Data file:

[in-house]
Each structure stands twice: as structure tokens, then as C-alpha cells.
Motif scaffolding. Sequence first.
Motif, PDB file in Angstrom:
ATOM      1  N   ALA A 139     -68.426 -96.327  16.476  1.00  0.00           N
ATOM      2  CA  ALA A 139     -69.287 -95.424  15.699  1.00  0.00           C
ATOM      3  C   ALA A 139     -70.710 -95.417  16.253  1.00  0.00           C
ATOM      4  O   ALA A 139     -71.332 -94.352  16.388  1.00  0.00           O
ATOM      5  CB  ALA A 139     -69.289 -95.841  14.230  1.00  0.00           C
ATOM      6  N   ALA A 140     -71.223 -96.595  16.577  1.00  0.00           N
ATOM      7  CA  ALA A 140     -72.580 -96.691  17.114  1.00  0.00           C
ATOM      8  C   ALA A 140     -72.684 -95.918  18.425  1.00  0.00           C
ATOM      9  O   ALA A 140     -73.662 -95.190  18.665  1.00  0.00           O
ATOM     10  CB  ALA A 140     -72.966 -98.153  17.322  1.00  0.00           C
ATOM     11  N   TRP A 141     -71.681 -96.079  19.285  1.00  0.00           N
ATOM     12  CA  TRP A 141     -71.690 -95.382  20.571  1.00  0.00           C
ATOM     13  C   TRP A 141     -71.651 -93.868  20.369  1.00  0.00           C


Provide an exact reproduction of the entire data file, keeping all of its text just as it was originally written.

[in-house]
Each structure stands twice: as structure tokens, then as C-alpha cells.
Motif scaffolding. Sequence first.
Motif, PDB file in Angstrom:
ATOM      1  N   ALA A 139     -68.426 -96.327  16.476  1.00  0.00           N
ATOM      2  CA  ALA A 139     -69.287 -95.424  15.699  1.00  0.00           C
ATOM      3  C   ALA A 139     -70.710 -95.417  16.253  1.00  0.00           C
ATOM      4  O   ALA A 139     -71.332 -94.352  16.388  1.00  0.00           O
ATOM      5  CB  ALA A 139     -69.289 -95.841  14.230  1.00  0.00           C
ATOM      6  N   ALA A 140     -71.223 -96.595  16.577  1.00  0.00           N
ATOM      7  CA  ALA A 140     -72.580 -96.691  17.114  1.00  0.00           C
ATOM      8  C   ALA A 140     -72.684 -95.918  18.425  1.00  0.00           C
ATOM      9  O   ALA A 140     -73.662 -95.190  18.665  1.00  0.00           O
ATOM     10  CB  ALA A 140     -72.966 -98.153  17.322  1.00  0.00           C
ATOM     11  N   TRP A 141     -71.681 -96.079  19.285  1.00  0.00           N
ATOM     12  CA  TRP A 141     -71.690 -95.382  20.571  1.00  0.00           C
ATOM     13  C   TRP A 141     -71.651 -93.868  20.369  1.00  0.00           C